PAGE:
15.2.11. Dead SCSI Bits

Some time ago, there was a cool audio project hosted by Radiantslab called DeadSCSI. And there was also DeadSCSI 2. It all appears to be gone now, but there is at least some information available in the wayback machine. I contributed in both rounds as Eucci.

When Ergo Phizmiz recently tweeted a link to this page of failing hard drive sounds, it got me thinking about my bits of the DeadSCSI project that I had laying around on my studio drobo. I spent some of saturday doing some lightweight remastering. Early Eucci, where I abused the computer like I used to abuse tape, is pretty rough in its output quality. Levels are just all over the place. DC Offset lingers here and there. It's a mess. But there are some pretty spectrum graphs.

Last night I uploaded the tracks to my Rive collection on archive.org and cut a release as rive 058.

What is mildly interesting about this is that although all of the tracks were re-finalized on Saturday, I didn't upload them until last night. It was a process I was starting to put off, remembering that I needed to name the files properly, upload them, enter metadata, and make a web page on euc.cx. Not that big of a deal, really, but big enough to put off until tomorrow and tomorrow and tomorrow.

Last night, when I got home from work and after I had walked the dog (enjoying some unseasonal warmth before winter makes its fierce return later this week), I was thinking about what to do from that moment until dinner. I was starting to get ready to play the excellent Red Dead Redemption, but I knew I had to cut this release. Then I remembered something Merlin Mann said in the first or second episode of the Back To Work podcast. He basically said that it's easy to complain about needing time or certain circumstances in order to work on something, but that we don't complain about needing that time or certain circumstances to play video games, and we sure as hell can sit there and play a video game for an hour. It feels like a shame to have to be reminded of this ridiculousness, but it's something I apparently need to remember constantly. So instead of playing Red Dead for an hour, I spent the time preparing the release. It took a little bit longer than expected and the dog was getting impatient towards the end. But overall it was a nice use of that time.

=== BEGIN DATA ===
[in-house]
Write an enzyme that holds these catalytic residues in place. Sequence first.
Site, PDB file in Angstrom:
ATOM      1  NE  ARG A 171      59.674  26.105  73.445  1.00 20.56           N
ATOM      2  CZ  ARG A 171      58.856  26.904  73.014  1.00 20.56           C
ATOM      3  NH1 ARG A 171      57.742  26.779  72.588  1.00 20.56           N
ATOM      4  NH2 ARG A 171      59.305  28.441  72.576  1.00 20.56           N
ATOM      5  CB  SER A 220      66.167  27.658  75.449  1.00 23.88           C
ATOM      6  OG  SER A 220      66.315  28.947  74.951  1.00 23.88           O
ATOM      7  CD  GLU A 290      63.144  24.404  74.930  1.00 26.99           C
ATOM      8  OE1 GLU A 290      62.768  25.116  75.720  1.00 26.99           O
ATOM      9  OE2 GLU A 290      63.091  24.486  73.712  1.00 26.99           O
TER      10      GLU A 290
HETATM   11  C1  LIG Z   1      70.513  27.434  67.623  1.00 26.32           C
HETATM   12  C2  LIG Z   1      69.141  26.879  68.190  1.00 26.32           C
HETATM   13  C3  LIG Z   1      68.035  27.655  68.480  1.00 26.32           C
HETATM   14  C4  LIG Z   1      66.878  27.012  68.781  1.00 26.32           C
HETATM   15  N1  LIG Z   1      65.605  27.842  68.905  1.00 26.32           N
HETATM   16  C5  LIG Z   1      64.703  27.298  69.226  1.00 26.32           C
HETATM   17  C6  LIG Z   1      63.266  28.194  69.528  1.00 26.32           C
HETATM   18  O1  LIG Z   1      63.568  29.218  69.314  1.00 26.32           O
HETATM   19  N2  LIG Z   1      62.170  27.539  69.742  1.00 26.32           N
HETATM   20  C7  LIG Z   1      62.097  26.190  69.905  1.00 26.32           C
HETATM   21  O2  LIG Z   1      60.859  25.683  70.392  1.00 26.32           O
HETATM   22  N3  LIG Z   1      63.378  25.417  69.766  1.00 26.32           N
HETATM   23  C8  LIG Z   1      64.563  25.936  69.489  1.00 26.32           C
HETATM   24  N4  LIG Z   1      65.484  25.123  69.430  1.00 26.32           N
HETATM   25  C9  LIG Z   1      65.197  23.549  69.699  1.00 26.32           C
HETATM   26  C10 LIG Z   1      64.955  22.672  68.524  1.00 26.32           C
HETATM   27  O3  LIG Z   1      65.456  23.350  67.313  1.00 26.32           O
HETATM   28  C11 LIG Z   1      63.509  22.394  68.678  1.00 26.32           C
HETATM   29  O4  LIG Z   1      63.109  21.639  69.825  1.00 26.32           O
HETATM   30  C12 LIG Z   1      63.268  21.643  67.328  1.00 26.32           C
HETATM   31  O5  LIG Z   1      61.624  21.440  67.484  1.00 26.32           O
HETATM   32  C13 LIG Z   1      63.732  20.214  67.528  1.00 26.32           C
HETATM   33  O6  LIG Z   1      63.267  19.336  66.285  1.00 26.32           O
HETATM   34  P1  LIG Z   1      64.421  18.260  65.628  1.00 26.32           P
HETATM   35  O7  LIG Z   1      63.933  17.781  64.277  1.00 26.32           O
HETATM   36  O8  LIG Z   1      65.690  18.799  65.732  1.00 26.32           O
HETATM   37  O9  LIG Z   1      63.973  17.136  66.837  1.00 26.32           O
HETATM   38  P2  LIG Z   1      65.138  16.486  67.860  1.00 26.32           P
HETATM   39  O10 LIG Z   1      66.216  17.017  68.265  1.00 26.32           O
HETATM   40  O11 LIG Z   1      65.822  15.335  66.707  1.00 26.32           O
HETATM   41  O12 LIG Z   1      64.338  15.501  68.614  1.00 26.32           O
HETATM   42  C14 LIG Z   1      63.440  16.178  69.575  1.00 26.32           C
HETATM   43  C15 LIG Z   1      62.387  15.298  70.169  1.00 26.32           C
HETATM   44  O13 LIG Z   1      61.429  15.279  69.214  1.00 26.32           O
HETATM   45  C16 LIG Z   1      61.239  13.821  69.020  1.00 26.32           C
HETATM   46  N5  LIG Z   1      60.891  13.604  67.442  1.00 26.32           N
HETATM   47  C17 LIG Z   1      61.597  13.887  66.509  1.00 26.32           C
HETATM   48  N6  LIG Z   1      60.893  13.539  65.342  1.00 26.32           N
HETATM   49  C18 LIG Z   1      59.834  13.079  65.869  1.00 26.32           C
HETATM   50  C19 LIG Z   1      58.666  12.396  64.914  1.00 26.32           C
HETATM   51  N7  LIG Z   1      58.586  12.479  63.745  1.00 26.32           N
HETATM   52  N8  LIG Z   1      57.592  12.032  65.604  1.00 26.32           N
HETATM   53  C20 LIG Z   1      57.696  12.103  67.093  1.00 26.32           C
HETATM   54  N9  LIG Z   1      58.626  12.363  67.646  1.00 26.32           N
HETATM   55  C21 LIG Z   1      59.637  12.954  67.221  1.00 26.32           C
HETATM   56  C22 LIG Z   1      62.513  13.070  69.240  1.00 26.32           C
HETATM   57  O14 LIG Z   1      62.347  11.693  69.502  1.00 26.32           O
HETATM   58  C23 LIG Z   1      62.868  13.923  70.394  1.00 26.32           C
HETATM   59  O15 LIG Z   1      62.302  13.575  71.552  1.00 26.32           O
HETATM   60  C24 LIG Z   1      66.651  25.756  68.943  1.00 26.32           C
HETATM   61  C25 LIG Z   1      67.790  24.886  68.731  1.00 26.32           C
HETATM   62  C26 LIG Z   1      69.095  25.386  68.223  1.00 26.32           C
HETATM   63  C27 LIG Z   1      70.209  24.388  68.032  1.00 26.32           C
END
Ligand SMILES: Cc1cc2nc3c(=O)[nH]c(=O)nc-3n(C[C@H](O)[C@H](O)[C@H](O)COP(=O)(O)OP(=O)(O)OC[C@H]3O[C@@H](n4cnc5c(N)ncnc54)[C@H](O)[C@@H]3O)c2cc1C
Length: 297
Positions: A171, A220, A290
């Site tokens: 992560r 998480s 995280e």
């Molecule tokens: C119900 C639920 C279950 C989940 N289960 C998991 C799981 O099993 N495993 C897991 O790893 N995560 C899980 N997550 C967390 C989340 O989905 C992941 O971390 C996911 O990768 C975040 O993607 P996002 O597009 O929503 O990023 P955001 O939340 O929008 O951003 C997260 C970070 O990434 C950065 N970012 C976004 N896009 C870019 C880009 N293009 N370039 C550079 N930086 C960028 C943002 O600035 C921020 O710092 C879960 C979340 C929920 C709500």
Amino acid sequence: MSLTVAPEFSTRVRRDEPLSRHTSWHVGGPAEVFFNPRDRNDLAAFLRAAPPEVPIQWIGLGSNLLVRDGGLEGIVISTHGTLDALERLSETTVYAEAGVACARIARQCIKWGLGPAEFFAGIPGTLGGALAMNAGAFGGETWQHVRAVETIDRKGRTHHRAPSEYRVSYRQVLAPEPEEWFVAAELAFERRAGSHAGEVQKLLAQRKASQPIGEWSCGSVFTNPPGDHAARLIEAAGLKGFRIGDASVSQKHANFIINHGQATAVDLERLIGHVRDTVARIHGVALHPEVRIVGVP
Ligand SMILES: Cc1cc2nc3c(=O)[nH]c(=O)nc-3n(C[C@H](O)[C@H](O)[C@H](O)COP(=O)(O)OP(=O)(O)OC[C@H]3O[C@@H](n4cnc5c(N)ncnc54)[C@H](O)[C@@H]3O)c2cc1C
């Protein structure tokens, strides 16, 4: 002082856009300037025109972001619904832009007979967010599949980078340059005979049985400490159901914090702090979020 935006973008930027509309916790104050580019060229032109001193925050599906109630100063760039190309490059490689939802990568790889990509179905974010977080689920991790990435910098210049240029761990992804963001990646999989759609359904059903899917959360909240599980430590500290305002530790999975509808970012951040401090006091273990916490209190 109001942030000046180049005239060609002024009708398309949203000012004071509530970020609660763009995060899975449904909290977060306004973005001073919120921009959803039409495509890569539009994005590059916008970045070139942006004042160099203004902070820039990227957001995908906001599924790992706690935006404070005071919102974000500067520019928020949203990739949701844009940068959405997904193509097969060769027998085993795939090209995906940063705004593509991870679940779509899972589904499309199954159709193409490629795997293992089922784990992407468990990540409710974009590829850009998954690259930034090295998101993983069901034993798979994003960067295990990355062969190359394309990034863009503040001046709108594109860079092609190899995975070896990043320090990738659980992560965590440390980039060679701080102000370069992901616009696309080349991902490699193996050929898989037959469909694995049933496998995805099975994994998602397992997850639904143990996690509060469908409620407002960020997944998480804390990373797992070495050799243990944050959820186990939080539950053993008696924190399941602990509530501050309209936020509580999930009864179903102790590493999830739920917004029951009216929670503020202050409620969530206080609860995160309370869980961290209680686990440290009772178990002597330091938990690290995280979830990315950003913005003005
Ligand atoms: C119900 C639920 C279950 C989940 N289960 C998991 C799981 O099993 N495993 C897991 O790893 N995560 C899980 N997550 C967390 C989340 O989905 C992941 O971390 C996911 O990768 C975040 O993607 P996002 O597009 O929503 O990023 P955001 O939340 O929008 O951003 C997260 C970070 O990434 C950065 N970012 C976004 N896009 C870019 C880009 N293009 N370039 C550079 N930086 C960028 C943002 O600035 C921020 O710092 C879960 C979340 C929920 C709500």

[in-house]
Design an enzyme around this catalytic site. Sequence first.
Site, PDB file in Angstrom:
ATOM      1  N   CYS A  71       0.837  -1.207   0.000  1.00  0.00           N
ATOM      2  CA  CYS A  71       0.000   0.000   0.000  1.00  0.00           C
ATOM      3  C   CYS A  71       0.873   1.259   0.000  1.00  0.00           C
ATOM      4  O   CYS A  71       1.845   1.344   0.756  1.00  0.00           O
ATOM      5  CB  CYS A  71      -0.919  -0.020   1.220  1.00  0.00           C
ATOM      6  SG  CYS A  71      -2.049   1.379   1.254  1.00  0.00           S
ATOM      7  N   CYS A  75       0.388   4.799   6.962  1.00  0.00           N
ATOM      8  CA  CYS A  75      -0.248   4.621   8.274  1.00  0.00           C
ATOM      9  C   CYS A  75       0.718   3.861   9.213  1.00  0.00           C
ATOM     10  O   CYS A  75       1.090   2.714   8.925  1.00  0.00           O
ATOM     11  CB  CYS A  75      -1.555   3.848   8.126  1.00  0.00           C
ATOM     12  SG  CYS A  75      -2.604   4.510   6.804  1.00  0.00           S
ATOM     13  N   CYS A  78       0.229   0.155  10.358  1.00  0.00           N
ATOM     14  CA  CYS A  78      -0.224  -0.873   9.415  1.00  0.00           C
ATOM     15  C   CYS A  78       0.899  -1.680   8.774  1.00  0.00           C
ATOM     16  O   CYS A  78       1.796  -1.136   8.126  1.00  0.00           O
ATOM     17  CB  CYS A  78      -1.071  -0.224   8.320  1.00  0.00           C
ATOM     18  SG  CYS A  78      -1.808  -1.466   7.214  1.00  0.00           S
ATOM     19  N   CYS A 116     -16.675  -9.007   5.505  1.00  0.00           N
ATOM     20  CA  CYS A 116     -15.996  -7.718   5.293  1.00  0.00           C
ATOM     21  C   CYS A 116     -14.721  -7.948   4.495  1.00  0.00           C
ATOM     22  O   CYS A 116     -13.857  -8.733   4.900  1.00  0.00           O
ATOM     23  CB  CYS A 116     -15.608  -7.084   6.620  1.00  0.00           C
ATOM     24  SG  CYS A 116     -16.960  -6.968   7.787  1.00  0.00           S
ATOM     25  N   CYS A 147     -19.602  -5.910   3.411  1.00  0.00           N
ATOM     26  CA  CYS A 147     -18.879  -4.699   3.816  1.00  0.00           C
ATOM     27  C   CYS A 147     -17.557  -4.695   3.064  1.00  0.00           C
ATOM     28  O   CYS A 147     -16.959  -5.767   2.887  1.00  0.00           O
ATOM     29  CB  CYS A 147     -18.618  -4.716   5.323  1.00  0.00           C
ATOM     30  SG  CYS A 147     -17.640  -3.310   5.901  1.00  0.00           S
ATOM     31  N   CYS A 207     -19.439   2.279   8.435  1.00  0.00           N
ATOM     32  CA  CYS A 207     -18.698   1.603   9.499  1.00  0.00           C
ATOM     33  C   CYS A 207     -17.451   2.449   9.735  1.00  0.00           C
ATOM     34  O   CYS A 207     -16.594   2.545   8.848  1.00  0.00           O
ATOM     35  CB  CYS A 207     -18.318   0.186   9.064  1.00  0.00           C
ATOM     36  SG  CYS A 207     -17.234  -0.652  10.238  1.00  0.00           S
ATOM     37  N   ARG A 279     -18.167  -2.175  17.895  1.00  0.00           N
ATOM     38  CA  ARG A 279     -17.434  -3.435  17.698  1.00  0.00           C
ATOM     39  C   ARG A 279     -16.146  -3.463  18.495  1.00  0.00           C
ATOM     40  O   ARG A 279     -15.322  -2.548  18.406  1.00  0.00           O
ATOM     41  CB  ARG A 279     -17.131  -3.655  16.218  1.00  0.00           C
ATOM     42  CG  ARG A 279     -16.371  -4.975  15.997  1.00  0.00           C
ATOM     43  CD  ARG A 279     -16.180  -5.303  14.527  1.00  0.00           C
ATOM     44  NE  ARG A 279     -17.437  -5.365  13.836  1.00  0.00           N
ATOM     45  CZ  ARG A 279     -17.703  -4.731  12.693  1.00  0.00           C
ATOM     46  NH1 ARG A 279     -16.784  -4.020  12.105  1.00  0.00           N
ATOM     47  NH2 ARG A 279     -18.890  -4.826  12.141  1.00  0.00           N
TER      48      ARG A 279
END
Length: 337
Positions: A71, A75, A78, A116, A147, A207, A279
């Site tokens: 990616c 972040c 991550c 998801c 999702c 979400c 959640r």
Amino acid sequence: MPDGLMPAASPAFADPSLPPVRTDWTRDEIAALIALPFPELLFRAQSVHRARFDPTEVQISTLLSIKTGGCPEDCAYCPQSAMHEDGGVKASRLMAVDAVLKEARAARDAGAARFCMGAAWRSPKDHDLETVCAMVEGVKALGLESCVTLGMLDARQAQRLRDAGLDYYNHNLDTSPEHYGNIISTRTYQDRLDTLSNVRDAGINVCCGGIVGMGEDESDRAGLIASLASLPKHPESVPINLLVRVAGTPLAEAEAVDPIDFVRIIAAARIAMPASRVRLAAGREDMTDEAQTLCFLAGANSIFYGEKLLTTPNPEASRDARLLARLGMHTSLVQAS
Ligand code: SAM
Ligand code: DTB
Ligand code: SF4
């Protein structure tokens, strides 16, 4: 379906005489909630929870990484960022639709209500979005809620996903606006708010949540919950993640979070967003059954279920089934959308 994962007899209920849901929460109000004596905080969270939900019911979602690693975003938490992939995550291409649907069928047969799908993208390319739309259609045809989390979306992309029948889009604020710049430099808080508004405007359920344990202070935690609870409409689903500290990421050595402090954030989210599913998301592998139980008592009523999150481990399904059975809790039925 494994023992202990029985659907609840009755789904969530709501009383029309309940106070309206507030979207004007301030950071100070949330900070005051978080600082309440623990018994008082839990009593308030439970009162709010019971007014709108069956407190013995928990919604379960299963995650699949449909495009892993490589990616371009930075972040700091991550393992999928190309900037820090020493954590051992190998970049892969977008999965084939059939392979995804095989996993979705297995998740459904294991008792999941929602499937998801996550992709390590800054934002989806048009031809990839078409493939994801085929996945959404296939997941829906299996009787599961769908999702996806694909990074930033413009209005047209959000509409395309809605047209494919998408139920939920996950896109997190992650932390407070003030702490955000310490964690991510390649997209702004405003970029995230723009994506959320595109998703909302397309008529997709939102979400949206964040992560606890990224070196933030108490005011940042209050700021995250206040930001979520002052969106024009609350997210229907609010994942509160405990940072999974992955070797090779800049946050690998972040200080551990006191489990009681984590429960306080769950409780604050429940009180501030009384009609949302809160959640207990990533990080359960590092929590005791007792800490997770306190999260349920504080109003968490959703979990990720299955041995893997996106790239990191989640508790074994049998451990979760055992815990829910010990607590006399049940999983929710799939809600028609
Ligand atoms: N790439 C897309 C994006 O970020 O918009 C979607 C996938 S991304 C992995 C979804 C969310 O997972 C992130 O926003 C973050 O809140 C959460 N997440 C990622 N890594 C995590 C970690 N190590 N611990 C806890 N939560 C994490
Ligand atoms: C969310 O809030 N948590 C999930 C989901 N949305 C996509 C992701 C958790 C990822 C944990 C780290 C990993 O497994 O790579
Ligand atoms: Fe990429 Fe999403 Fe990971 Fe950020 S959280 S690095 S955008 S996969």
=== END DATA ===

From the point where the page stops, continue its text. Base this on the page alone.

There are many more releases to come, including some new material.


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13.2.11. To Laptop or Not To Laptop

PyCon 2011 is coming soon, and as it does, I find myself facing the question "do I bring my Macbook this year or not?"

My Macbook has spent most of the past couple of years serving as a vehicle for viewing DVDs, Hulu, or Netflix streaming from bed. It does get used occasionally as a home / travel development machine, but that use has declined significantly over the past year. I'm fortunate to be at the place in my life where I can leave work at work; but I also have been rather uninspired to do personal development work. Hence, the laptop is basically a DVD viewer.

And for DVDs, it's quite nice to watch TV series DVDs from bed. I only watch about 20-30 minutes a night before tiring out. It's a fun way to revisit personal favorites like HBO's The Wire and Deadwood. I'm currently watching Twin Peaks, seeing season 2 for the first time.

But for DVDs, it's also starting to become a liability, as I own more and more blu-ray. As soon as I decide to get a blu-ray player for upstairs (either a portable one or getting a second television), the laptop's uses will be near zero.

One potential use is for travel, at least for technical conferences. I brought the Macbook along to PyCon last year. I did the whole trip out of my day-to-day backpack, which accommodates the Macbook just fine. While at the airport and in flight, the extra weight and space did stand out, but that was only a fraction of the trip. I'm trying to remember now just how much I used it once there. I took far less notes on the device than I expected, and have done little with the notes I did take. They still sit in a folder on the Macbook's desktop.

I know I did some coding while there, but not much. I don't believe I made any major commits or pushes while at the conference. I wasn't involved in tutorials or sprints last year and won't be this year either, so there's little need to code while at the conference.

Finally, my co-worker had brought his laptop and while he did use it to maintain some situations back at the office, he told me he never used it on the conference floor. I think the most use we got out of our laptops was for watching movies on the plane. And hey, I've got an iPad for that.

So as this next tech conference comes up, I'm seriously considering leaving the laptop behind and just using good old pen and paper. Maybe my personal era of the laptop is officially over. Weird.


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